Possibilities Playground Newsletter

Invoke the Power of Disconnecting

New Year’s Eve was nearly three months ago, can you believe it?! I don’t know about you, but I’ve gone from totally stoked about a new year, where I planned on tackling the world with all my brilliant ideas and overflowing amounts of energy, to getting whisked away with a whole lotta busy-ness that I recently realized might be a silent but deadly threat.

Not that the things filling up my schedule are bad. Quite the contrary, I actually have some pretty cool things happening. However, when I start moving at the speed of light and my multi-tasking goes into overdrive, it’s really easy for me to remain in that frenzy and fall into old patterns which don’t serve me very well…or do they?

Maybe you are familiar with some of my ‘favorites’:

  • Watching mindless TV so you can’t hear the voice in your head listing and relisting the to-do items on your list
  • Overfilling your schedule to the point where it’s easy to justify not having time to exercise until the chaos passes
  • Focusing on all the plates spinning in the air that you forget to meditate/follow your spiritual practice
  • Feeling like you’ve handled so much you deserve a treat for your taste buds

Whether you share my habits or have some of your own, when we carry the weight of the world on our shoulders, something has to give.

Do you know what the items in my list have in common with one another? They are all ways of disconnecting. Some consciously and some not so much; nonetheless, that’s what they really are: ways for me to disconnect from reality for a while. But here’s the big question – is that a good thing or a bad thing?

Well, like so many things in life, there’s not a black or white answer. There are pros and cons to consider. If you’ve been with me for a bit, you know what’s next – time to break it down!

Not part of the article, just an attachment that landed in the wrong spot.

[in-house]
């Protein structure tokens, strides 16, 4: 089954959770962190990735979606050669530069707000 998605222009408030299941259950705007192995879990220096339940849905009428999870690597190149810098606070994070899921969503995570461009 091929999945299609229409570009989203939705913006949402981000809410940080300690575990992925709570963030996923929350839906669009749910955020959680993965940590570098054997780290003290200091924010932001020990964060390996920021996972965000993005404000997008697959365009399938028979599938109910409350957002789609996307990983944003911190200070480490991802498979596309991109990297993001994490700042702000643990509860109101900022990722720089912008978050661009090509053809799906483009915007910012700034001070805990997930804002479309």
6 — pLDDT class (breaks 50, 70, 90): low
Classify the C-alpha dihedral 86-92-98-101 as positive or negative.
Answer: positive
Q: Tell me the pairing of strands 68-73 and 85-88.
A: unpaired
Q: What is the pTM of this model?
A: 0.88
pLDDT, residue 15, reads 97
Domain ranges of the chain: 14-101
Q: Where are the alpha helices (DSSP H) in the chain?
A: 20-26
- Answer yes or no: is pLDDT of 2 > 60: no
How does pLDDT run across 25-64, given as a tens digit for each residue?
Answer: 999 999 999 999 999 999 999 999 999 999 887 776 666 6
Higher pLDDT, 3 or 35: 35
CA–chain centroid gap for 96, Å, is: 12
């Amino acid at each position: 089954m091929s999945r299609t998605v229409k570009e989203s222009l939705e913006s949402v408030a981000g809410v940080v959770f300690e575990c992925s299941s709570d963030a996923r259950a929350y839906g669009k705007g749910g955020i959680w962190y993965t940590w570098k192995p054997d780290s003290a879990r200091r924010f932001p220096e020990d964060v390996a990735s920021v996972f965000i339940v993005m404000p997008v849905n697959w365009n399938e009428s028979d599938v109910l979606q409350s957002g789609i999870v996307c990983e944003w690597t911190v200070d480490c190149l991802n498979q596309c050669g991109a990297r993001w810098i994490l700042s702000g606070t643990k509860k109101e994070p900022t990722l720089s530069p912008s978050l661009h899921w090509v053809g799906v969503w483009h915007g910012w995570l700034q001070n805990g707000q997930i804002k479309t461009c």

First and foremost, we need to agree on what ‘disconnecting’ means. If it means taking a break, that’s one thing…that feels healthy. If it means engaging in negative behaviors, that’s different…that feels more like a flat out escape. For example, blobbing out in front of the TV or reading a good book could go either way, depending on how much time is spent (as in a couple hours or a couple of days?) Honestly, I think it depends on our ‘come from’ – meaning, are we taking a physical or mental break or are we running away from something?

Here are some very valid reasons to disconnect which you can use the next time those gremlins in your head try to talk you out of taking a break:

1. It allows time for you to recharge. Stress releases cortisol in our body and when the levels remain elevated over a period of time, we experience more discomfort than we need to. So disconnecting for a brief period of time actually results in a healthier body.

2. It gives your brain a break. To keep our mental abilities properly honed, it’s best to use both sides of your brain. Since most tasks fall primarily on one side or the other, disconnecting from one task and doing something quite the opposite can really help the powers of your mind.

3. It gives you perspective. Stepping away from the busy-ness in our lives makes it much easier for us to gain a little perspective and that goes a long way! Disconnecting from crazy and connecting with calm lifts our spirits.

4. It enables you to keep going. When your life is full, approaching it as a marathon instead of a sprint makes it way easier for you to cross the finish line at the end. Instead of getting overwhelmed and taken out with debilitating cramps, you’ll be able to sustain forward progress. Slow but steady, the tortoise beat the hare.